The president and the New York Times can’t both be right. If the president is correct, then the paper of record, which has so far seemed to be a willing receptacle for the administration’s leaks, must be printing fabrications. Last month the same newspaper detailed how the president directs U.S. drone attacks in Pakistan and Yemen based on a classified “kill list” of terror suspects, a story based on information from “three dozen” of the president’s “current and former advisers.” So the latest Times article on Iran, revealing what the administration has now tacitly acknowledged as a joint U.S.-Israeli program, looks to be merely the most recent installment in a campaign of intentional leaks damaging to our national security.

The administration, needless to say, sees things differently. From the perspective of Obama’s handlers, and perhaps of their friends in the press, these leaks are spellbinding episodes in a Hollywood-worthy narrative of the president as ever-vigilant superhero, with his finger on the button, ready at a moment’s notice to bring the full weight of American power to bear on our adversaries, so that we may all sleep safely at night. It’s epic, all right. But it’s spin.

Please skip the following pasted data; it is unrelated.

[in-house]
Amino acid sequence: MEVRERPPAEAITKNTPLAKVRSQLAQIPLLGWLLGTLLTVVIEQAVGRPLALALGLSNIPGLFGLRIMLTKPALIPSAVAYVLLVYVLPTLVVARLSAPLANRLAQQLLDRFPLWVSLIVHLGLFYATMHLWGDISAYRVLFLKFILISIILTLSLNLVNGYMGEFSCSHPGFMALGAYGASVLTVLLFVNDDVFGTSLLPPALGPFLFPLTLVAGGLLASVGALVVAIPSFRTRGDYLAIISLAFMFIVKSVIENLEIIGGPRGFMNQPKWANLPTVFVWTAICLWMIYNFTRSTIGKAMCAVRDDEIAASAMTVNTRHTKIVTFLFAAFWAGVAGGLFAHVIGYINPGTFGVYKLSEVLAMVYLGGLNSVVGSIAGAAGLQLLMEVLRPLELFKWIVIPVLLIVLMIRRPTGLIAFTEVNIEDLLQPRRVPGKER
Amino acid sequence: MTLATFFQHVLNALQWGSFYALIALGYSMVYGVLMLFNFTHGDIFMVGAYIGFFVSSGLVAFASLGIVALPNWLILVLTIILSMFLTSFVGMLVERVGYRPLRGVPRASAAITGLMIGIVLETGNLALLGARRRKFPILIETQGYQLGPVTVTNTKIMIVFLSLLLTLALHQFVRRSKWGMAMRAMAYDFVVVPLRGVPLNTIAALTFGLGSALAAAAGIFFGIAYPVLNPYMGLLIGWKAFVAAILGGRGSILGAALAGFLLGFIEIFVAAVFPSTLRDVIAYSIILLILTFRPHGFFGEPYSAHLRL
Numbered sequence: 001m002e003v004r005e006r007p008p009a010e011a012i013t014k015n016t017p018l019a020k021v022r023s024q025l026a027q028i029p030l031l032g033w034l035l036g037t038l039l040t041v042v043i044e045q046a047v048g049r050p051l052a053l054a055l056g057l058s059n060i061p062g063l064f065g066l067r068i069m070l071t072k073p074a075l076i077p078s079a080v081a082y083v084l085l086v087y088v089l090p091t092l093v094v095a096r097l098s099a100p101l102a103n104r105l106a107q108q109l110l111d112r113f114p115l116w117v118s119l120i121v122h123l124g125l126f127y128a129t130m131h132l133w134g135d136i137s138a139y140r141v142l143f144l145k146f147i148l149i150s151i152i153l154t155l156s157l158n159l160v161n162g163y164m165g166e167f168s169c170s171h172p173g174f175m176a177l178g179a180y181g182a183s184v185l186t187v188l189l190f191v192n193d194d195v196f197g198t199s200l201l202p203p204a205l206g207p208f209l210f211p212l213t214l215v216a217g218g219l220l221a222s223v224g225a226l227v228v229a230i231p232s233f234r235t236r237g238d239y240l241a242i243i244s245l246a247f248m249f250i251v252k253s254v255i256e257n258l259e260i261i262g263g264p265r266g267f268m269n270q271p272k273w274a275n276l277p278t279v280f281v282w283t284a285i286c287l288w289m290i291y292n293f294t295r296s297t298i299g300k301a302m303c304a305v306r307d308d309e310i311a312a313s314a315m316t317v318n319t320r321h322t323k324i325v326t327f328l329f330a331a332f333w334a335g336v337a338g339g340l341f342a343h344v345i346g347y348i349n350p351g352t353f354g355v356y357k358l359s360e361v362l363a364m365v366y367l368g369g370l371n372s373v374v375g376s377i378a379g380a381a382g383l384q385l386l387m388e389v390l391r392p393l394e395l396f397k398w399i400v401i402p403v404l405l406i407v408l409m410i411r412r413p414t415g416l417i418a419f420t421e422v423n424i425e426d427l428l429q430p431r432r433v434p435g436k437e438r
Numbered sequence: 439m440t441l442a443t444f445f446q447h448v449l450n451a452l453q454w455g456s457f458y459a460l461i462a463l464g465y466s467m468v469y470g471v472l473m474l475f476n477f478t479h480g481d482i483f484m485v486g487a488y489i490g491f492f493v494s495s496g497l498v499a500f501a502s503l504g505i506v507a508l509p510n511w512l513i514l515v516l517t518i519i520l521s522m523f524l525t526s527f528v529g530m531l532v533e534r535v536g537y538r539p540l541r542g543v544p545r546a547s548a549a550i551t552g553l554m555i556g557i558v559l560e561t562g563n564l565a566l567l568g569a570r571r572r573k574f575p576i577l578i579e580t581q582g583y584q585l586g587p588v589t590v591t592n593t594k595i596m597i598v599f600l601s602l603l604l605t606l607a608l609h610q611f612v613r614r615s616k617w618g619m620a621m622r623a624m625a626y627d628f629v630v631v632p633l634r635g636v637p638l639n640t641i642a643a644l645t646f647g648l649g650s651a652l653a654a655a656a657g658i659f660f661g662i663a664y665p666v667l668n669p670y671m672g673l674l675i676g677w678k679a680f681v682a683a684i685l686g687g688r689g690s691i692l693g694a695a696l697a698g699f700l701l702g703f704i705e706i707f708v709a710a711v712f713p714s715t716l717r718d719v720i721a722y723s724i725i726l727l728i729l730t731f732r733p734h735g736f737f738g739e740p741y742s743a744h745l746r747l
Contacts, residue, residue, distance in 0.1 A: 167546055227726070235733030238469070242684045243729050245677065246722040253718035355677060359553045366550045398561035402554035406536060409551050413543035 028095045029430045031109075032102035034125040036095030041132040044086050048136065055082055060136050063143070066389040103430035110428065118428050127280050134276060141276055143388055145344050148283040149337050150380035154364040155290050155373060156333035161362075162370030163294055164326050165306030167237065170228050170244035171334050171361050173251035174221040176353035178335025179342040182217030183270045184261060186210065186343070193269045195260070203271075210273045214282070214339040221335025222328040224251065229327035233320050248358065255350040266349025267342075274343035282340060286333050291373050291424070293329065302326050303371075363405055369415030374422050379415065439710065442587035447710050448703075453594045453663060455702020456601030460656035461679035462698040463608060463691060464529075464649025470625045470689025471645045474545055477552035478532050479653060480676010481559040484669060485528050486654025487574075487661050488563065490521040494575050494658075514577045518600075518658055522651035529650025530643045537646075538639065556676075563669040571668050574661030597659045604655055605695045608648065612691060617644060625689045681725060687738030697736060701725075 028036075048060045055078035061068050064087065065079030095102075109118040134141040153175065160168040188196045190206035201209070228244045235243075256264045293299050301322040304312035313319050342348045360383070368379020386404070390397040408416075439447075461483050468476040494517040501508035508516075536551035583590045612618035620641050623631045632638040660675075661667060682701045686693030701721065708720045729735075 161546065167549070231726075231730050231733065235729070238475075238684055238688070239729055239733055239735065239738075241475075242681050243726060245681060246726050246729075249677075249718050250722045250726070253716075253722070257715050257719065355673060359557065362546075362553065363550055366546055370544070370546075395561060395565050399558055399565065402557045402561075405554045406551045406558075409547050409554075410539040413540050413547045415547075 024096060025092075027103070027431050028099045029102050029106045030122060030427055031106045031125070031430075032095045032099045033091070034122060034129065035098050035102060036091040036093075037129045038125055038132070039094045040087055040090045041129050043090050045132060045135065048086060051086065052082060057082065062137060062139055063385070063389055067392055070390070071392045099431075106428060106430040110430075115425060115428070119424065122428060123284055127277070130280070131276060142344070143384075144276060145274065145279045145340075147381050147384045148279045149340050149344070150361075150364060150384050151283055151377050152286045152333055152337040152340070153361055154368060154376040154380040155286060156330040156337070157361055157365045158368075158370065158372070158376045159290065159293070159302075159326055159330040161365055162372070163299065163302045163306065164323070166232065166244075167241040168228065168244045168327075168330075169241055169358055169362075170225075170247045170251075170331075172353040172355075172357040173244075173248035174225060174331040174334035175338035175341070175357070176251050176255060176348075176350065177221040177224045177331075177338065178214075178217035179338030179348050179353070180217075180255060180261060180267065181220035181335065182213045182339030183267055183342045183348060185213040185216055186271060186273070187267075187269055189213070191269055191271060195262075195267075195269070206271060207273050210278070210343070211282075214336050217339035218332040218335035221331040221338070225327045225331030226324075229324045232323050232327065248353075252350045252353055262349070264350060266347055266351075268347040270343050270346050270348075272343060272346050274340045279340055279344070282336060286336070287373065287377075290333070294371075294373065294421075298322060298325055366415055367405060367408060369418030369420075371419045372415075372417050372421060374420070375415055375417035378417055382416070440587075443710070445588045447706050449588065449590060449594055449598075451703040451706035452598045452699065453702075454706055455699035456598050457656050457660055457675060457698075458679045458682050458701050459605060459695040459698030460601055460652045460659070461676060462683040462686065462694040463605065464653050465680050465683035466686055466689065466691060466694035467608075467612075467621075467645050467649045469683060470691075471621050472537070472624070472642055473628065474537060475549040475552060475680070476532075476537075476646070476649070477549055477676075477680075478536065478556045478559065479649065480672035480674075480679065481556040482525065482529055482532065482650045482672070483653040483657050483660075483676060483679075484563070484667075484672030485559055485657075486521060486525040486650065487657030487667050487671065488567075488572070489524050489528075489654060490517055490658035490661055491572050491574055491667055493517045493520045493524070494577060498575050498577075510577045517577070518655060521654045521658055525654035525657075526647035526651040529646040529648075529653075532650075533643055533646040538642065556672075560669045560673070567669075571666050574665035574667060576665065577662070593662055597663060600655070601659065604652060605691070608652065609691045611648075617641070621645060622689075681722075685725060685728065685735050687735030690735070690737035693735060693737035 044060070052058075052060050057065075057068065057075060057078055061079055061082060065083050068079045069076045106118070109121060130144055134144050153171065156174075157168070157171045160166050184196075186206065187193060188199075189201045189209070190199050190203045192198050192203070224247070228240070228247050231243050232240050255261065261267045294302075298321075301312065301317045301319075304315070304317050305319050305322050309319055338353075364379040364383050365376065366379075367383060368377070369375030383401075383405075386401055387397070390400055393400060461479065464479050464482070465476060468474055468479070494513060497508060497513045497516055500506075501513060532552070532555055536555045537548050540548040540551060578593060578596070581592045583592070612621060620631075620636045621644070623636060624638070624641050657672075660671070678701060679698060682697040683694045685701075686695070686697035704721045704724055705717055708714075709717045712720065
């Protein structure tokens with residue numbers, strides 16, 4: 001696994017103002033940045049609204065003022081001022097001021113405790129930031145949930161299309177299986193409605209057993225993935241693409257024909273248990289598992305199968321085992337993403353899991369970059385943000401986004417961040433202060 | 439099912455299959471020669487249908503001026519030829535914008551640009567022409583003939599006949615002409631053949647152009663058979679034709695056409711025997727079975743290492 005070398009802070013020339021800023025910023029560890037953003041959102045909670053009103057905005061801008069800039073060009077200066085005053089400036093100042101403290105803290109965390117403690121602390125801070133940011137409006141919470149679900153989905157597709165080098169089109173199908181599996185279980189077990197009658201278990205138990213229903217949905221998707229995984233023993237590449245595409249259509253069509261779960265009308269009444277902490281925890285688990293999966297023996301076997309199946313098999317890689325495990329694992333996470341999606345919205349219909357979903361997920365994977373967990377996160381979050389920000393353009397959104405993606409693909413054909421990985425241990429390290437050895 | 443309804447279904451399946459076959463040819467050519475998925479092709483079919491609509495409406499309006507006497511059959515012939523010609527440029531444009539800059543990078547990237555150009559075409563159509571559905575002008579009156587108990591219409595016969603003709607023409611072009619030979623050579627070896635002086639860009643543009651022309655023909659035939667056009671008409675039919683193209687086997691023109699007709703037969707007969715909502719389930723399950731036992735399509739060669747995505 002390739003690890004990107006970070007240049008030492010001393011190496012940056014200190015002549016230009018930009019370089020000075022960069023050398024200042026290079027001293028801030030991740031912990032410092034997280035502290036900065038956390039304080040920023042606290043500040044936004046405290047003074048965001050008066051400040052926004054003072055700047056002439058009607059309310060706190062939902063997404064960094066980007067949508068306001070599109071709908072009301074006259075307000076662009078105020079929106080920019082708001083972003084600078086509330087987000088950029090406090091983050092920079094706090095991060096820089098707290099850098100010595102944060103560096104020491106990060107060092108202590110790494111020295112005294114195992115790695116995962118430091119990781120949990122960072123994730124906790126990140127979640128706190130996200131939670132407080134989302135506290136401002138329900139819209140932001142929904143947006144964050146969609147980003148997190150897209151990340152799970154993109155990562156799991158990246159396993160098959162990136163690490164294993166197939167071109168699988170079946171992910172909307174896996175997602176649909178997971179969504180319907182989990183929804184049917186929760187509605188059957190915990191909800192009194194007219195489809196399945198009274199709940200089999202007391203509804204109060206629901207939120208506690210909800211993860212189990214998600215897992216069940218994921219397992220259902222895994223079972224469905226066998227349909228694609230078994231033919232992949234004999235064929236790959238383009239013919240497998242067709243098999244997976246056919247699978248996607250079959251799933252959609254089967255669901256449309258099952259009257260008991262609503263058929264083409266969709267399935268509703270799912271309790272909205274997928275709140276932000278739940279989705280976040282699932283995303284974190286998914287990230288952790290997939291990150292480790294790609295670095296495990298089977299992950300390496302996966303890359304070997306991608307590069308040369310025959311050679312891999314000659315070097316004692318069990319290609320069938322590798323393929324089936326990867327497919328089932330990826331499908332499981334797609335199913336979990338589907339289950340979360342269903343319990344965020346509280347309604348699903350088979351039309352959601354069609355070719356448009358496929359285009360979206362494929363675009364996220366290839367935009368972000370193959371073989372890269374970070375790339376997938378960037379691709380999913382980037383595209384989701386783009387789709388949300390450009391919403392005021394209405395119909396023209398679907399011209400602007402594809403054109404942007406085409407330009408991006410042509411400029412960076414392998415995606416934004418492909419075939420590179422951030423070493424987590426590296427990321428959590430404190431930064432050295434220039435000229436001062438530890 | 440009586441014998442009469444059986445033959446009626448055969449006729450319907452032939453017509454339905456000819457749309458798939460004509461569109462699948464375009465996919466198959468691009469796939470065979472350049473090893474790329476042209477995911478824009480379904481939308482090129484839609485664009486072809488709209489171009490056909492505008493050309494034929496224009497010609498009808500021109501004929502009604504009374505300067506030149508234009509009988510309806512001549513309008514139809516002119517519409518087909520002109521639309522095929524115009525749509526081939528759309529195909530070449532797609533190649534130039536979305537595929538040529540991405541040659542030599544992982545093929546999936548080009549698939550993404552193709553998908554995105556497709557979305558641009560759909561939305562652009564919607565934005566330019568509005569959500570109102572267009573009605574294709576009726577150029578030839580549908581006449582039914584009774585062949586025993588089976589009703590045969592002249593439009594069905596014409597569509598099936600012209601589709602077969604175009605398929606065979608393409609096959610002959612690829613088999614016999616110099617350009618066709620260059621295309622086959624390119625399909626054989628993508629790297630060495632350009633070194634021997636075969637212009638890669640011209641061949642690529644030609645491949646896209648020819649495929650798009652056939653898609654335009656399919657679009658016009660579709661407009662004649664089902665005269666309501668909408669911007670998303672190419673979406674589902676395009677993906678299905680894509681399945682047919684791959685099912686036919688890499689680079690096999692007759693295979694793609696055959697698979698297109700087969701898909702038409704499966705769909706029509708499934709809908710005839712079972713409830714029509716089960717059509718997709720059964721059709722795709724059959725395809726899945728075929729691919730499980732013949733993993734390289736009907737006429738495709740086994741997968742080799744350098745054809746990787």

All White Houses engage in political stagecraft, but this is something else. The Obama administration can rightly claim the crown of laurels for killing Osama bin Laden—even if the program and personnel that brought down the al Qaeda chief were in place long before Obama came to office. But due credit was not enough for the Obama team. To craft a story about a heroic president and his leading part in American history, the administration rolled out the red carpet for moviemakers like Hurt Locker director Kathryn Bigelow, and gorged the working press with details. It was this information that disclosed the role of a local doctor whose efforts on behalf of an American clandestine operation earned him a 33-year sentence in a Pakistani prison.